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January 31, 2003 - Image 73

Resource type:
Text
Publication:
The Detroit Jewish News, 2003-01-31

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NO mit.rtOw

Child Friendly...
Lots of Booster &
High Chairs

■ MEXICAN - GRILL

-Pyesk .Patyei-lkyvts everyovke ivvi-o

I

`MANNERS' from page 67

accountant and tax attorney, were god-
sends to Gordy, according to Posner.
Not only were they scrupulously hon-
est, but they also made Gordy a more
careful and responsible businessman, savC:
ing him millions of dollars over the
years. They were dubbed the "no men,"
and, without them, Motown would not
have been suc c essful, Posner says.
T The Novecks elicited a strange com-
rnen.t,from Motown president Jay
Jewish
Lasker, who apparently
self, Lasker:often referred to the
Novecks as "those Jews." .

JN: When having a bar/bat mitz-
vah, can you invite people to the
service and not the party?
JM: The service is a solemn reli-
gious ceremony and is the point of
the bar or bat mitzvah. What has
happened to b'nai mitzvah is that
people have come to think of them
as parties with a little tedious cere
mony.
You don't distinguish among
guests who are welcome to the party
and those who are not. Of course,
everyone who belongs to the congre-
gation is entitled to come to the
service, and you are not obligated to
invite them to the party.

jam S essions

Clarene Wayne owns the Wonderland
Music Stores in Dearborn and Novi. It
was at the Dearborn store that many
of the Motown musicians used to buy
their instruments and the famous
groups got their sound equipment.
"The singers like Wilson used to
come in and just hang out," he recalls.
"The Dearborn store (at Michigan and
Schaefer) was definitely the 'in' place
to be. The bands would get together
and hold impromptu jam sessions in
the basement.
"One time, Stevie Wonder surprised
passersby by doing a performance
right in the window of the store."
Wayne's parents, Ruth and Shockey
Wayne, started the business as Maestro
Music, which later evolved into the
Wonderland that Wayne operates with
his brother, Larry.
A former saxophone and clarinet
player at Detroit's Cass Technical High
School, Clarence Wayne still keeps in
contact with Berry Gordy. "And they
shot a scene from the recent documen-
tary Standing in the Shadows of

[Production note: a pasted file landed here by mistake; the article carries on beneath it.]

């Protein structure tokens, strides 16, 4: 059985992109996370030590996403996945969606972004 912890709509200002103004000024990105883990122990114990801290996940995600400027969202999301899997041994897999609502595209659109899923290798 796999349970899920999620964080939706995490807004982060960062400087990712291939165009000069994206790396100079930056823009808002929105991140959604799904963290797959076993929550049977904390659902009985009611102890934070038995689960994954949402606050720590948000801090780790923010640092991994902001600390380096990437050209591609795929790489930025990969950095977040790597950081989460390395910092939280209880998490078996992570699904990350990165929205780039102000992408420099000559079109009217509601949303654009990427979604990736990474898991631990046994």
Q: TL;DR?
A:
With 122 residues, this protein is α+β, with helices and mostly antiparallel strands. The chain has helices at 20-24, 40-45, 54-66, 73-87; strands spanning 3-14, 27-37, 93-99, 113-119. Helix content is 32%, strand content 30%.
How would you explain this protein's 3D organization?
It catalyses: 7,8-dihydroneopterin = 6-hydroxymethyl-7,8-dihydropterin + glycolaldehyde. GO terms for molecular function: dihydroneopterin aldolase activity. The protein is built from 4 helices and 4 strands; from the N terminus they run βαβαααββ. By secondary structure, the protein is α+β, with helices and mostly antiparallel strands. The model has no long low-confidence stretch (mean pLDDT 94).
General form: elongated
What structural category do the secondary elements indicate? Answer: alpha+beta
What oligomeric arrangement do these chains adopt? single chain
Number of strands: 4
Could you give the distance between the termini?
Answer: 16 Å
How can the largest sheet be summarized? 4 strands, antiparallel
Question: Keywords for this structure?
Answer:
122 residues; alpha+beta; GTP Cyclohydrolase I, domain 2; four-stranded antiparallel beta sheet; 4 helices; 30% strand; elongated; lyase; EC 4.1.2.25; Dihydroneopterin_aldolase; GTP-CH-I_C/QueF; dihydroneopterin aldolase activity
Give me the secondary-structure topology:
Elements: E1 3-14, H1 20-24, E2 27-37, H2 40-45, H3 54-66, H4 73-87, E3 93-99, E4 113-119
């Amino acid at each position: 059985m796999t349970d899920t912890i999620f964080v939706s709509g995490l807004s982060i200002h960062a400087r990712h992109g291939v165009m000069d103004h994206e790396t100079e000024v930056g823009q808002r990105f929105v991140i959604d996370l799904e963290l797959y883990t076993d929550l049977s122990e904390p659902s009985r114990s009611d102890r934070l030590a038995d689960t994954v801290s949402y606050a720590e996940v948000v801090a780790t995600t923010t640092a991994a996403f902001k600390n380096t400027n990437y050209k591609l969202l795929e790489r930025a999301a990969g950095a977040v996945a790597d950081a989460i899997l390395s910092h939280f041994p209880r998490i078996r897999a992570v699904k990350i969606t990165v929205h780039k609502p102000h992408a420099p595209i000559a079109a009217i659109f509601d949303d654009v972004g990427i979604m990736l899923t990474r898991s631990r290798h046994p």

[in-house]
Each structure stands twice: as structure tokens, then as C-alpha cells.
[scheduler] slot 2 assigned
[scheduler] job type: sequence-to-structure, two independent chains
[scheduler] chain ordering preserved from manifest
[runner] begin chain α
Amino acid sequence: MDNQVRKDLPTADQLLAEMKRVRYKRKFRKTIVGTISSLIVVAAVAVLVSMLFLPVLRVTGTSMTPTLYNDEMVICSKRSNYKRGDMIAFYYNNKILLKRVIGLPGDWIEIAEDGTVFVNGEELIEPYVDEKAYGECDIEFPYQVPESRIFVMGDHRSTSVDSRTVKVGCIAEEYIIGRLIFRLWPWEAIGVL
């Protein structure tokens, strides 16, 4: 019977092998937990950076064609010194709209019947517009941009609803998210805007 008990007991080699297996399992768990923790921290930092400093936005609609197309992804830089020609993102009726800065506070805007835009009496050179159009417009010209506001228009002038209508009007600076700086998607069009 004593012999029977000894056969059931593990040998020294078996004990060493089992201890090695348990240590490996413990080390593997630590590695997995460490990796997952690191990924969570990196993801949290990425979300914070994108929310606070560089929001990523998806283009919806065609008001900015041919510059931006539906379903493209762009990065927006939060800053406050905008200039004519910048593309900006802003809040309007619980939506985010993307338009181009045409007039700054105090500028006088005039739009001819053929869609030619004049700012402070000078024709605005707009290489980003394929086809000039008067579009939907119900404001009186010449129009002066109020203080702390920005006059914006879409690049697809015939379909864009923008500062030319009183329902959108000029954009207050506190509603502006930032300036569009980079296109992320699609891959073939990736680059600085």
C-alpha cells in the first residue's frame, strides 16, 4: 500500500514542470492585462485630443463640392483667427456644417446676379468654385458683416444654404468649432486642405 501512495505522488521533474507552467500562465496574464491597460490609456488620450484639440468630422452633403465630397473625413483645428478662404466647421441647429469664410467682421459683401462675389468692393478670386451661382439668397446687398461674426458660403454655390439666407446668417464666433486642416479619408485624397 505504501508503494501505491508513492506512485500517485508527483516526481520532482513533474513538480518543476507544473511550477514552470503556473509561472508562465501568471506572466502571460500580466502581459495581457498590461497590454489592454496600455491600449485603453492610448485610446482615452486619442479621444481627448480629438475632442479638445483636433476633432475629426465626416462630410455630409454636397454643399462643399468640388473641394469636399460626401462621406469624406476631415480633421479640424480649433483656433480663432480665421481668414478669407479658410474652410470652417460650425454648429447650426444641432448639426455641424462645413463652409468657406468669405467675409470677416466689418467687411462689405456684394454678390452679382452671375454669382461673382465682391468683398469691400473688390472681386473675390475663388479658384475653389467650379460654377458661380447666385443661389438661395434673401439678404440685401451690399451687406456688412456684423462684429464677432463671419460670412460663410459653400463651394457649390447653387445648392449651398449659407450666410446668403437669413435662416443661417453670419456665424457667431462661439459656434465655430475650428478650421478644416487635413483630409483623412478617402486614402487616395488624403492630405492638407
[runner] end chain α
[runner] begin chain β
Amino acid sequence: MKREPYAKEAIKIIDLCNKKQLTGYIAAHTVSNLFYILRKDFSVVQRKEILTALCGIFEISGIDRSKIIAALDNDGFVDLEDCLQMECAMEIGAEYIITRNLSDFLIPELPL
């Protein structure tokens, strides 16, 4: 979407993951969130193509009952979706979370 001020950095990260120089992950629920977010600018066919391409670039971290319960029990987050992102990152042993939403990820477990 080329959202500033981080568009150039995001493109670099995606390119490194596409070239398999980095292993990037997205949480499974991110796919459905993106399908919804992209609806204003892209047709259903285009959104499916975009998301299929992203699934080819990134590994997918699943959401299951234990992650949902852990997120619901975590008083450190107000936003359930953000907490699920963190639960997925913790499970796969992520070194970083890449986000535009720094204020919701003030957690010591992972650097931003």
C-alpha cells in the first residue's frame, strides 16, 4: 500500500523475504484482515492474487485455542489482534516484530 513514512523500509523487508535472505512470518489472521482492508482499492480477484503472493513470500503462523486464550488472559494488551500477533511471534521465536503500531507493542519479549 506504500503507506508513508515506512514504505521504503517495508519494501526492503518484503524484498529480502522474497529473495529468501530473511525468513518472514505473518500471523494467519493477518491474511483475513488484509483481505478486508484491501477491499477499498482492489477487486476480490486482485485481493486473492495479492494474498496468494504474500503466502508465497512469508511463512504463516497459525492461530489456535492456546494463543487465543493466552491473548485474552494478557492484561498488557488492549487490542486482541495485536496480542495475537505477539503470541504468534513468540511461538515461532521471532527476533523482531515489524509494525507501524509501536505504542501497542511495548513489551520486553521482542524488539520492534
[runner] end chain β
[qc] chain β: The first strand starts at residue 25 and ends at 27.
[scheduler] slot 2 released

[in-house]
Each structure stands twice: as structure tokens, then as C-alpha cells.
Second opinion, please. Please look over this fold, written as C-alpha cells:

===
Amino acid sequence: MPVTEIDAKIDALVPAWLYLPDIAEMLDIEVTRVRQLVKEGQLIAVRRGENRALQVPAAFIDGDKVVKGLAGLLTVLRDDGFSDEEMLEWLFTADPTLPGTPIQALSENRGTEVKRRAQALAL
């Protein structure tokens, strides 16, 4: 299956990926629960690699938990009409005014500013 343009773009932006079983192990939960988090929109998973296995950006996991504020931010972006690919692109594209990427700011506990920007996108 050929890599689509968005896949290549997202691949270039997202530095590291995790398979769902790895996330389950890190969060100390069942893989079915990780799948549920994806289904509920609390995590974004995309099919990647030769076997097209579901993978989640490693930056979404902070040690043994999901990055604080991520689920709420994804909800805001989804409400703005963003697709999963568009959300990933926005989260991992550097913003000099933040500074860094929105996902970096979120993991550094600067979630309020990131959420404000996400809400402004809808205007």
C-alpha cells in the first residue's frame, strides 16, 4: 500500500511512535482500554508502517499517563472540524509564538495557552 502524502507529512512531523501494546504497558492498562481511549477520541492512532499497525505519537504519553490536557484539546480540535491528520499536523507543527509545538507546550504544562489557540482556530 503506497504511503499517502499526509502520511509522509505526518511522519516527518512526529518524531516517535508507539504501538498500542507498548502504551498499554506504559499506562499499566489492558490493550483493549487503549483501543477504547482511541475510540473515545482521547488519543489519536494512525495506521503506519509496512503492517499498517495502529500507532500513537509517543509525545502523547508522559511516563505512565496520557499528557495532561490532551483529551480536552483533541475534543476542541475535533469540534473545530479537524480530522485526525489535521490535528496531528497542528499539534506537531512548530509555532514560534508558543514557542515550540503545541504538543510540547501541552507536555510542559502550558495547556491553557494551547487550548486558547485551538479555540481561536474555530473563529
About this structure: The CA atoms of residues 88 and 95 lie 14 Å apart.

Motown right here in the Dearborn
store," he says.
Another Jewish figure backstage in
Motown was Dick Jacobs, who'd been
an arranger for the Tommy Dorsey
Orchestra and other big bands.
Jacobs helped Wilson and other
singers bridge the gap between pop
music and rock 'n' roll in the 1950s
and '60s, achieving many crossover
hits that sold millions of records.
The Jewish influence on Motown is
a bit puzzling and sometimes amusing
for Motown insiders. .
For one thing, says Abrams, Gordy,
who claimed he never even met anyone
Jewish until after he started Motown,
didn't think it was possible for a person to
be a Russian and a Jew at the same time.
Also, he adds, it wasn't until the
1960s that Gordy learned there was
such an event as the Holocaust. ❑

.

JN:, What is the etiquette when
going to someone's house to pay a
shivah call?
JM: You should bring food, because
the mourners are not in an emotion-
al state to go about taking care of
the things needed to sustain their
daily life.

JN: How have manners in America
changed over the past 30 years?
JM: There have been vast improve-
ments. Open expression of bigotry
is no longer tolerated.
At the same time, we have a cou-
ple of generations of Americans
who've liked the idea of being
assertive — do what you feel like
and don't worry how it effects other
people.

JN: What are new forms of eti-
quette?
JM: We have added a lot of new
tools, such as e-mail and the cell
phone. E-mail is a wonderful device
falling somewhere between the tele-
phone call, which has the advantage
of being instantaneous but the dis-
advantage of interrupting people,
and the letter, which is more grace-
ful but slower.
People ask if they can send their
wedding invitations by e-mail, and
the answer is no, unless it's an
extremely informal wedding.
However, following up on a job
interview with e-mail is fine — it's
the main kind of communication in
business.

JN: You were in Detroit in
December promoting your book.
What do you think of the manners
of people in Detroit?
JM: I was there briefly, but I met a
lot of charming, nice people. I
observed nothing but politeness. ❑

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1/31

2003

73

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